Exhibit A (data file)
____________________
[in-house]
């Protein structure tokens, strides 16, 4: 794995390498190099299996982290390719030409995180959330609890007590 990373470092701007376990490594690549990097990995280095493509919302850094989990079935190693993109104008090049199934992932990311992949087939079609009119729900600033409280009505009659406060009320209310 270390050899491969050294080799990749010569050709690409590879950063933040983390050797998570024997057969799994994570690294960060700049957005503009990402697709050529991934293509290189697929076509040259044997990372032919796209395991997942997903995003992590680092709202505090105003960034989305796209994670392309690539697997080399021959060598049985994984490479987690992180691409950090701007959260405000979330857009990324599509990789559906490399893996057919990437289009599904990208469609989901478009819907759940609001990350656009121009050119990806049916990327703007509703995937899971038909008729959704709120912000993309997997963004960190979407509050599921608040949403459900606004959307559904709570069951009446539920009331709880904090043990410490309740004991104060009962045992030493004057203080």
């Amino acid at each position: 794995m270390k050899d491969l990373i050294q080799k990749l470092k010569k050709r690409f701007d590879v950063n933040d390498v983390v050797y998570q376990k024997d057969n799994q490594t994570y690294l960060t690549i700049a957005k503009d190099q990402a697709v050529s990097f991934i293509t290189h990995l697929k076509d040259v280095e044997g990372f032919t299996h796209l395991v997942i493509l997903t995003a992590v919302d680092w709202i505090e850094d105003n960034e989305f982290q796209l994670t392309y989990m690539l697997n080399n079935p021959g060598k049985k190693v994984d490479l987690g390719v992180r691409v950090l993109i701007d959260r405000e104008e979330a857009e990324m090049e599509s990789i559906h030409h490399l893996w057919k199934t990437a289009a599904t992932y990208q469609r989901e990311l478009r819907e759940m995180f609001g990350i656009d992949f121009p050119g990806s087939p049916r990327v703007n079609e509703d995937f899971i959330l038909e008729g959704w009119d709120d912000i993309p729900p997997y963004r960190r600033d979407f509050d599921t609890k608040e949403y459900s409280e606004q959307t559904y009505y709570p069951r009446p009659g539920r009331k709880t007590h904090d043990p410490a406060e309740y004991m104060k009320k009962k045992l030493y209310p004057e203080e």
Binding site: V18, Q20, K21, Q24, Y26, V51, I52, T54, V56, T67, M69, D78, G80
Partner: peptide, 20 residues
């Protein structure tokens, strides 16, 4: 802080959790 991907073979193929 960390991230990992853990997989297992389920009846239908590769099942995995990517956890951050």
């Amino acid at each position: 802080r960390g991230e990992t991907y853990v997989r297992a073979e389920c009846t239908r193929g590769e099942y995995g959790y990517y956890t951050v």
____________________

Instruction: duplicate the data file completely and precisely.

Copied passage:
[in-house]
């Protein structure tokens, strides 16, 4: 794995390498190099299996982290390719030409995180959330609890007590 990373470092701007376990490594690549990097990995280095493509919302850094989990079935190693993109104008090049199934992932990311992949087939079609009119729900600033409280009505009659406060009320209310 270390050899491969050294080799990749010569050709690409590879950063933040983390050797998570024997057969799994994570690294960060700049957005503009990402697709050529991934293509290189697929076509040259044997990372032919796209395991997942997903995003992590680092709202505090105003960034989305796209994670392309690539697997080399021959060598049985994984490479987690992180691409950090701007959260405000979330857009990324599509990789559906490399893996057919990437289009599904990208469609989901478009819907759940609001990350656009121009050119990806049916990327703007509703995937899971038909008729959704709120912000993309997997963004960190979407509050599921608040949403459900606004959307559904709570069951009446539920009331709880904090043990410490309740004991104060009962045992030493004057203080």
């Amino acid at each position: 794995m270390k050899d491969l990373i050294q080799k990749l470092k010569k050709r690409f701007d590879v950063n933040d390498v983390v050797y998570q376990k024997d057969n799994q490594t994570y690294l960060t690549i700049a957005k503009d190099q990402a697709v050529s990097f991934i293509t290189h990995l697929k076509d040259v280095e044997g990372f032919t299996h796209l395991v997942i493509l997903t995003a992590v919302d680092w709202i505090e850094d105003n960034e989305f982290q796209l994670t392309y989990m690539l697997n080399n079935p021959g060598k049985k190693v994984d490479l987690g390719v992180r691409v950090l993109i701007d959260r405000e104008e979330a857009e990324m090049e599509s990789i559906h030409h490399l893996w057919k199934t990437a289009a599904t992932y990208q469609r989901e990311l478009r819907e759940m995180f609001g990350i656009d992949f121009p050119g990806s087939p049916r990327v703007n079609e509703d995937f899971i959330l038909e008729g959704w009119d709120d912000i993309p729900p997997y963004r960190r600033d979407f509050d599921t609890k608040e949403y459900s409280e606004q959307t559904y009505y709570p069951r009446p009659g539920r009331k709880t007590h904090d043990p410490a406060e309740y004991m104060k009320k009962k045992l030493y209310p004057e203080e």
Binding site: V18, Q20, K21, Q24, Y26, V51, I52, T54, V56, T67, M69, D78, G80
Partner: peptide, 20 residues
């Protein structure tokens, strides 16, 4: 802080959790 991907073979193929 960390991230990992853990997989297992389920009846239908590769099942995995990517956890951050």
């Amino acid at each position: 802080r960390g991230e990992t991907y853990v997989r297992a073979e389920c009846t239908r193929g590769e099942y995995g959790y990517y956890t951050v």